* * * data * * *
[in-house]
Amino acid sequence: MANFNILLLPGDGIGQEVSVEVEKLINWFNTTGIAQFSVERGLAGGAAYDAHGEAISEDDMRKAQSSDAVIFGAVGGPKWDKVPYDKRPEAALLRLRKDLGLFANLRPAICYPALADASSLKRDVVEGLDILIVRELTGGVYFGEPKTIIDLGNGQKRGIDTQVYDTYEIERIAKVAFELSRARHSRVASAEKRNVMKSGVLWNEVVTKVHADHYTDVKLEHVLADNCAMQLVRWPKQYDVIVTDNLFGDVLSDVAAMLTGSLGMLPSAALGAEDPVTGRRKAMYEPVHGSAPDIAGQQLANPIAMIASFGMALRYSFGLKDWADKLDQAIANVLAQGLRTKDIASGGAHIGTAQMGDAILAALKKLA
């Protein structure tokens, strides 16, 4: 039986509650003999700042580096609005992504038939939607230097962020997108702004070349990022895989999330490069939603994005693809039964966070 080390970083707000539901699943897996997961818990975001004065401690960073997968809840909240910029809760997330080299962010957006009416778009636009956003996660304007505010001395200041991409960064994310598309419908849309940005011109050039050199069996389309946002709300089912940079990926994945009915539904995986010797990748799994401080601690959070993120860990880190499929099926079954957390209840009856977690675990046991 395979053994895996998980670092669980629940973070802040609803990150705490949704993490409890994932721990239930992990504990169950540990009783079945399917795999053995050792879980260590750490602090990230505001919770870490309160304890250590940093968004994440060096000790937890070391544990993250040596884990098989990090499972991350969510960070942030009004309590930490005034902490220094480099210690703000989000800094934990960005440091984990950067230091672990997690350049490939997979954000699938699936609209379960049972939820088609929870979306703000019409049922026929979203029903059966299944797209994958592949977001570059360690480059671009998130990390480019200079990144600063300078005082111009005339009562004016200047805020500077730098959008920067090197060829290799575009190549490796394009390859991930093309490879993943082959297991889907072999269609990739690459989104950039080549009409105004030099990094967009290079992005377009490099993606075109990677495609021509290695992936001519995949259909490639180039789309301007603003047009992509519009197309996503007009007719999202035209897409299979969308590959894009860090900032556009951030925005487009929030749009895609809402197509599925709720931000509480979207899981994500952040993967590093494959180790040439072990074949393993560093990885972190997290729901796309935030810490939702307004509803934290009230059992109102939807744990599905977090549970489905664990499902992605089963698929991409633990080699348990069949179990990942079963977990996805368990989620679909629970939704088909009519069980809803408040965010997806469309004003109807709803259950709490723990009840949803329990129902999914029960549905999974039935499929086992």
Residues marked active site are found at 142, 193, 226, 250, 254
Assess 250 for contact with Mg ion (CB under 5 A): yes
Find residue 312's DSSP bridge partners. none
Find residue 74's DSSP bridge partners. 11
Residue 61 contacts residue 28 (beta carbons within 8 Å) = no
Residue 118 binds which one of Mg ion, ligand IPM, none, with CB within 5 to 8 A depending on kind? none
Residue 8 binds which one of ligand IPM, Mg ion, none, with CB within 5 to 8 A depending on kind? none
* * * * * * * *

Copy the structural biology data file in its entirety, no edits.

[in-house]
Amino acid sequence: MANFNILLLPGDGIGQEVSVEVEKLINWFNTTGIAQFSVERGLAGGAAYDAHGEAISEDDMRKAQSSDAVIFGAVGGPKWDKVPYDKRPEAALLRLRKDLGLFANLRPAICYPALADASSLKRDVVEGLDILIVRELTGGVYFGEPKTIIDLGNGQKRGIDTQVYDTYEIERIAKVAFELSRARHSRVASAEKRNVMKSGVLWNEVVTKVHADHYTDVKLEHVLADNCAMQLVRWPKQYDVIVTDNLFGDVLSDVAAMLTGSLGMLPSAALGAEDPVTGRRKAMYEPVHGSAPDIAGQQLANPIAMIASFGMALRYSFGLKDWADKLDQAIANVLAQGLRTKDIASGGAHIGTAQMGDAILAALKKLA
């Protein structure tokens, strides 16, 4: 039986509650003999700042580096609005992504038939939607230097962020997108702004070349990022895989999330490069939603994005693809039964966070 080390970083707000539901699943897996997961818990975001004065401690960073997968809840909240910029809760997330080299962010957006009416778009636009956003996660304007505010001395200041991409960064994310598309419908849309940005011109050039050199069996389309946002709300089912940079990926994945009915539904995986010797990748799994401080601690959070993120860990880190499929099926079954957390209840009856977690675990046991 395979053994895996998980670092669980629940973070802040609803990150705490949704993490409890994932721990239930992990504990169950540990009783079945399917795999053995050792879980260590750490602090990230505001919770870490309160304890250590940093968004994440060096000790937890070391544990993250040596884990098989990090499972991350969510960070942030009004309590930490005034902490220094480099210690703000989000800094934990960005440091984990950067230091672990997690350049490939997979954000699938699936609209379960049972939820088609929870979306703000019409049922026929979203029903059966299944797209994958592949977001570059360690480059671009998130990390480019200079990144600063300078005082111009005339009562004016200047805020500077730098959008920067090197060829290799575009190549490796394009390859991930093309490879993943082959297991889907072999269609990739690459989104950039080549009409105004030099990094967009290079992005377009490099993606075109990677495609021509290695992936001519995949259909490639180039789309301007603003047009992509519009197309996503007009007719999202035209897409299979969308590959894009860090900032556009951030925005487009929030749009895609809402197509599925709720931000509480979207899981994500952040993967590093494959180790040439072990074949393993560093990885972190997290729901796309935030810490939702307004509803934290009230059992109102939807744990599905977090549970489905664990499902992605089963698929991409633990080699348990069949179990990942079963977990996805368990989620679909629970939704088909009519069980809803408040965010997806469309004003109807709803259950709490723990009840949803329990129902999914029960549905999974039935499929086992």
Residues marked active site are found at 142, 193, 226, 250, 254
Assess 250 for contact with Mg ion (CB under 5 A): yes
Find residue 312's DSSP bridge partners. none
Find residue 74's DSSP bridge partners. 11
Residue 61 contacts residue 28 (beta carbons within 8 Å) = no
Residue 118 binds which one of Mg ion, ligand IPM, none, with CB within 5 to 8 A depending on kind? none
Residue 8 binds which one of ligand IPM, Mg ion, none, with CB within 5 to 8 A depending on kind? none